This discovery could one day be used to create a nonvolatile magnetic memory system and already the researchers have achieved a switching rate of a megahertz. Of course it will have to be faster than that to compete with modern, electrical memory, but this discovery could also open doors to controlling other properties, such as reflectivity and thermal conductance.

Source: MIT

Comments (0) | Posted at 06:18AM PST by gebraset

When Sony initially launched the PlayStation Vita in the United States during February 2012, many consumers became early adopters of the handheld gaming device. Before the launch of the PlayStation Vita, and even afterwards, Sony pushed advertisements that promoted game changing features, such as cross platform gaming, multi-player gaming through a 3G network, and remote play. These features failed to work properly for most owners of the PlayStation Vita, and the Federal Trade Commission has taken notice. After the FTC filed charges against Sony for deceiving consumers with false advertising claims surrounding the game changing features of the PlayStation Vita, Sony has officially agreed to settle the dispute. Sony will provide either a $25 cash or credit refund, or a $50 merchandise voucher for select video games, and/or services, to customers who purchased the PlayStation Vita before June 1, 2012. Additionally, the company is barred from producing similar advertisements in the future that mislead consumers.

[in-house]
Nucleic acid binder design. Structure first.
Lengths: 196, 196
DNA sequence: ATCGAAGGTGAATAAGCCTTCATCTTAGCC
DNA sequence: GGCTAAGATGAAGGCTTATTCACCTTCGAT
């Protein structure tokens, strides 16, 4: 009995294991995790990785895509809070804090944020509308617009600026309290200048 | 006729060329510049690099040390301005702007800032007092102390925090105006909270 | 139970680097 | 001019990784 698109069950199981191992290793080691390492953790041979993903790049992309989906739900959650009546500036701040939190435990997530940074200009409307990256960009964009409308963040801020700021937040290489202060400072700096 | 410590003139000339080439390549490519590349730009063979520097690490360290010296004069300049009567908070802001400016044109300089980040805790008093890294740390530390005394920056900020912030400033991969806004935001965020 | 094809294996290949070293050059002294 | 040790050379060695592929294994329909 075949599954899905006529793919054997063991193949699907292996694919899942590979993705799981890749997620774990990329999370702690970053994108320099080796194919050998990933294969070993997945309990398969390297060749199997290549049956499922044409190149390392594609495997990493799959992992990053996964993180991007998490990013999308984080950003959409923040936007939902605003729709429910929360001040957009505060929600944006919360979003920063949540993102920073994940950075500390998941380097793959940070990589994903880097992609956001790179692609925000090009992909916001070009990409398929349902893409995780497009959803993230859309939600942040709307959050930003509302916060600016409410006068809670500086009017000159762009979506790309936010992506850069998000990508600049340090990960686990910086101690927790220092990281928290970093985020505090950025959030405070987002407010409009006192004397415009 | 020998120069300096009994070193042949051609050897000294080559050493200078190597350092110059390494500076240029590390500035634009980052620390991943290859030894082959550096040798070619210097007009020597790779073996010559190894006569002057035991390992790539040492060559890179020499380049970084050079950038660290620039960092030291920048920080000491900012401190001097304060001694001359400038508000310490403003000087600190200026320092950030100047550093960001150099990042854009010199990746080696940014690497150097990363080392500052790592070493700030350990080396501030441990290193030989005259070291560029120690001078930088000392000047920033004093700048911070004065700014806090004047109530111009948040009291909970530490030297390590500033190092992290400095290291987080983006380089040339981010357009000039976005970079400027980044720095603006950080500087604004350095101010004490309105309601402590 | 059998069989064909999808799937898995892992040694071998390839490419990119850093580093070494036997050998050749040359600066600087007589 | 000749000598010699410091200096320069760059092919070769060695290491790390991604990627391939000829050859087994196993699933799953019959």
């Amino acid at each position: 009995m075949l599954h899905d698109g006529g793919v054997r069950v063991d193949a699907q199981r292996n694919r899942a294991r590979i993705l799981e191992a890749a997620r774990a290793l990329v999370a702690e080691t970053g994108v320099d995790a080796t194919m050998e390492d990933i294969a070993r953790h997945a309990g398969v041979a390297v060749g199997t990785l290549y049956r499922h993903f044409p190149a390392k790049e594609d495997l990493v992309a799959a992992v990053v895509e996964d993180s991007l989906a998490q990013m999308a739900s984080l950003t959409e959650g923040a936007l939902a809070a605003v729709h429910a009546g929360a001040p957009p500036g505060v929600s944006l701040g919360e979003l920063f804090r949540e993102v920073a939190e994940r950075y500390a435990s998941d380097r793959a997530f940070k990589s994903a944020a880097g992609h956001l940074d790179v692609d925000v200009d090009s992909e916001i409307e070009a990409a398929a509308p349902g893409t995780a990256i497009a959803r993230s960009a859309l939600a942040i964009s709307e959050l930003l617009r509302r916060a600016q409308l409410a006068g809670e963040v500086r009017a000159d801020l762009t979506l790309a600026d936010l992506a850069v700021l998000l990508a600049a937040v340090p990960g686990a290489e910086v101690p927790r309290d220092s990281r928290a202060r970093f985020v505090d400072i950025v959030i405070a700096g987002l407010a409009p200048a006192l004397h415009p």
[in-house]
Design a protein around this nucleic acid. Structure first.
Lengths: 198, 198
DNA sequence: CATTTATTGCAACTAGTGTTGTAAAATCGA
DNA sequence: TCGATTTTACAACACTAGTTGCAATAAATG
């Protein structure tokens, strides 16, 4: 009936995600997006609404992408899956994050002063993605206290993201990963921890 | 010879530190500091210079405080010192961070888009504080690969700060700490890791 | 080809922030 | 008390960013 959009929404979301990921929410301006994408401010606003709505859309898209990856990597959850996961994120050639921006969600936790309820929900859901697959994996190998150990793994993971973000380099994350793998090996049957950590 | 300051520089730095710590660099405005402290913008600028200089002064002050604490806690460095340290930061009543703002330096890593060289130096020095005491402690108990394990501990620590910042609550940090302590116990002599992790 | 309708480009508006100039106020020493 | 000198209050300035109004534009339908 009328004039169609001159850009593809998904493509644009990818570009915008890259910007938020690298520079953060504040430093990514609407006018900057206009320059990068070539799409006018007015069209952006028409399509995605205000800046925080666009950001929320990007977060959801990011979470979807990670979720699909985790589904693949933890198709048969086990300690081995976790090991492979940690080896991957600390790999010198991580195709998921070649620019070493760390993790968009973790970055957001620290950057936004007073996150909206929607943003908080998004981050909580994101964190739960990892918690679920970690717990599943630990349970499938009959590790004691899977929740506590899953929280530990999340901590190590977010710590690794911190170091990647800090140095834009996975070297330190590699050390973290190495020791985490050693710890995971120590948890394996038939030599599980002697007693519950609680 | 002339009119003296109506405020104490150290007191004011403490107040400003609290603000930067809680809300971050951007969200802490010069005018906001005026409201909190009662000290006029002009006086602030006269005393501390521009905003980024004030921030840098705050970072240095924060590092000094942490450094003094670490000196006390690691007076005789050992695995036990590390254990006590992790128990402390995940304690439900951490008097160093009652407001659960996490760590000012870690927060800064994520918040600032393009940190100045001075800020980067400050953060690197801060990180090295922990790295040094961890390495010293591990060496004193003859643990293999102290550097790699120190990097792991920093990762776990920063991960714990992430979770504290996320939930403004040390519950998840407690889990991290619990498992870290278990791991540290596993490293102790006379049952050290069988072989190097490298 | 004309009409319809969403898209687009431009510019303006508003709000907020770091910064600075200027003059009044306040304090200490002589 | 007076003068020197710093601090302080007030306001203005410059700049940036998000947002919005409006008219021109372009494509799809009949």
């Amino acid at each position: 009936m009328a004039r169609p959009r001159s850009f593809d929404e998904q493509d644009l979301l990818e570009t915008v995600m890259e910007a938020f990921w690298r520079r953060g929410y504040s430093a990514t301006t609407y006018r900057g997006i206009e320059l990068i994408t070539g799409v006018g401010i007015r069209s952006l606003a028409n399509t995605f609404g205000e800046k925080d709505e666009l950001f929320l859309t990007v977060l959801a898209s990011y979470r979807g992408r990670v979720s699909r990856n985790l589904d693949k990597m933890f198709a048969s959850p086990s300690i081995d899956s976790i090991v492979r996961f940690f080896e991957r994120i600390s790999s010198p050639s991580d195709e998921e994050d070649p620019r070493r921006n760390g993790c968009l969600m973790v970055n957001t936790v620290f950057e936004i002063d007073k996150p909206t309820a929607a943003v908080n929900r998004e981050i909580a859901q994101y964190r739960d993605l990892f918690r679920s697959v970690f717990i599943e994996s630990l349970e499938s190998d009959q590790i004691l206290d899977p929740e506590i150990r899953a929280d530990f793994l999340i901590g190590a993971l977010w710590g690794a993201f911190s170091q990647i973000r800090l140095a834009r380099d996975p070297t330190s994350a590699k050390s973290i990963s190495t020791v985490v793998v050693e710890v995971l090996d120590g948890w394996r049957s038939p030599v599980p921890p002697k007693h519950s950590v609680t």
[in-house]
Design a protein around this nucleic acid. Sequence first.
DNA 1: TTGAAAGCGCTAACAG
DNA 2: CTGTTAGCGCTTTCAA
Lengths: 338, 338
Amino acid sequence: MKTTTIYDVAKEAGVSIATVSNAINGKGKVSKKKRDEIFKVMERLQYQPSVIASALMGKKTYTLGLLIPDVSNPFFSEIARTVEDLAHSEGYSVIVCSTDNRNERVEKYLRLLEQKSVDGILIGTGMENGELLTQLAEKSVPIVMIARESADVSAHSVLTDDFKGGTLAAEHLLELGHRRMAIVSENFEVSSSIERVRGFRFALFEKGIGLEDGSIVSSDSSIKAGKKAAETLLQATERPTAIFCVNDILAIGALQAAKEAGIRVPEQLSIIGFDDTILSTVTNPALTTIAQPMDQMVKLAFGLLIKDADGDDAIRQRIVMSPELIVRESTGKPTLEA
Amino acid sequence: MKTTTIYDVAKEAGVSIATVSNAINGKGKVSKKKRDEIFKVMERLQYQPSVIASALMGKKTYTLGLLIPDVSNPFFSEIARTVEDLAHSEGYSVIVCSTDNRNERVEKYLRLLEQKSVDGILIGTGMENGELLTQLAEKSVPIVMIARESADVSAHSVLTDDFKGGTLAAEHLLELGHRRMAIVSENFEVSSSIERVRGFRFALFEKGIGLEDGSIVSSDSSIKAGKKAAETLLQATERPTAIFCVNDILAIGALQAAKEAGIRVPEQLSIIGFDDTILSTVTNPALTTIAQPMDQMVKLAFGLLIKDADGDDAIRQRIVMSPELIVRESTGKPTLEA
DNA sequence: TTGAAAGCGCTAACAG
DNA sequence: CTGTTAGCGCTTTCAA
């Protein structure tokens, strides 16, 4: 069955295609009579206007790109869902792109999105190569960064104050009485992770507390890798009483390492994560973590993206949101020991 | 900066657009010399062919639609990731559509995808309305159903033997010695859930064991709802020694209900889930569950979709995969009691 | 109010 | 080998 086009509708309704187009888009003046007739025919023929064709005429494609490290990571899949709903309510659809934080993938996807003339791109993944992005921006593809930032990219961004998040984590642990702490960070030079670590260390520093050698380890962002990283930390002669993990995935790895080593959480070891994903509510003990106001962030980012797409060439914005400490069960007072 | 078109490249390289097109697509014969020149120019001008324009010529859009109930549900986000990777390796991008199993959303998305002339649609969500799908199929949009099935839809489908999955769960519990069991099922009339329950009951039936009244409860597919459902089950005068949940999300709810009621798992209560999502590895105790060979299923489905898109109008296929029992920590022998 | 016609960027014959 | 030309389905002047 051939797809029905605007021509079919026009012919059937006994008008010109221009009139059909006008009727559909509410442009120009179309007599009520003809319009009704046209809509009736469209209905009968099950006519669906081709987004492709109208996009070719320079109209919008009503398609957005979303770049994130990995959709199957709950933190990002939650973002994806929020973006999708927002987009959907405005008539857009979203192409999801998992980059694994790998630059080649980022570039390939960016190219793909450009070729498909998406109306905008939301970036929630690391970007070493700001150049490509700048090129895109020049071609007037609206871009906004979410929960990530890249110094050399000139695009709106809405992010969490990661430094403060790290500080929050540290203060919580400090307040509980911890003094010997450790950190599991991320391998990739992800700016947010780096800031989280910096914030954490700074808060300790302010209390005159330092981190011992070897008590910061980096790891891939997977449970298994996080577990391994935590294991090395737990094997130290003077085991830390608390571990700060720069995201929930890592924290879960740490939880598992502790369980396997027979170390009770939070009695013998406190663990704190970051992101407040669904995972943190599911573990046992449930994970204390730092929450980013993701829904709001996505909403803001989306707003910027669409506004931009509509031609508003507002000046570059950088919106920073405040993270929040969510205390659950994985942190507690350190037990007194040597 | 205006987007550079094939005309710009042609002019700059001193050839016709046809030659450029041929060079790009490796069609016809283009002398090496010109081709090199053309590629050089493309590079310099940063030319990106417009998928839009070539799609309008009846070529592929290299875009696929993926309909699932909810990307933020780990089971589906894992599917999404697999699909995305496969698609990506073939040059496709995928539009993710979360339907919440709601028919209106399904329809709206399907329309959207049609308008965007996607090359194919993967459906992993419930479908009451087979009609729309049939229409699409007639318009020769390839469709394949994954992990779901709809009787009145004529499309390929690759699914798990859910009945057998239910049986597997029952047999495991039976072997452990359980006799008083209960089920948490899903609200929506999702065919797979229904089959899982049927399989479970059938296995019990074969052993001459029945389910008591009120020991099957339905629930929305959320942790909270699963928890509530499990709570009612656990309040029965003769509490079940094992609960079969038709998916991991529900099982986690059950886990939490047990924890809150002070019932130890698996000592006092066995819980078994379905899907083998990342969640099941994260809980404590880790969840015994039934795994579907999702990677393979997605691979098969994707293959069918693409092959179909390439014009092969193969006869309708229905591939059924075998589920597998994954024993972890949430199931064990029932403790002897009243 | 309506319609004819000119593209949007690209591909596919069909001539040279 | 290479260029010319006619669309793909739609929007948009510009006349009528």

According to the settlement, Sony will email eligible PlayStation Vita owners about their refund opportunity after the settlement is finalized by the FTC.

Source: Press Release

November 25, 2014
Comments (0) | Posted at 05:44PM PST by CheeseMan42
Parrot Unveils Bebop Drone

Parrot has announced the final version of its latest remote controlled aircraft, the Bebop Drone. The Bebop is a quadricopter designed for consumers "interested in the sole pleasure of flying, capturing amazing images of landscapes or filming sport performances." An included 14 megapixel full HD camera allows for capturing high quality images in a 180° field of vision. Users can pilot the Bebop over Wi-Fi using a smartphone or tablet and the Parrot Skycontroller can be used with a Wi-Fi extender to provide greater flight range.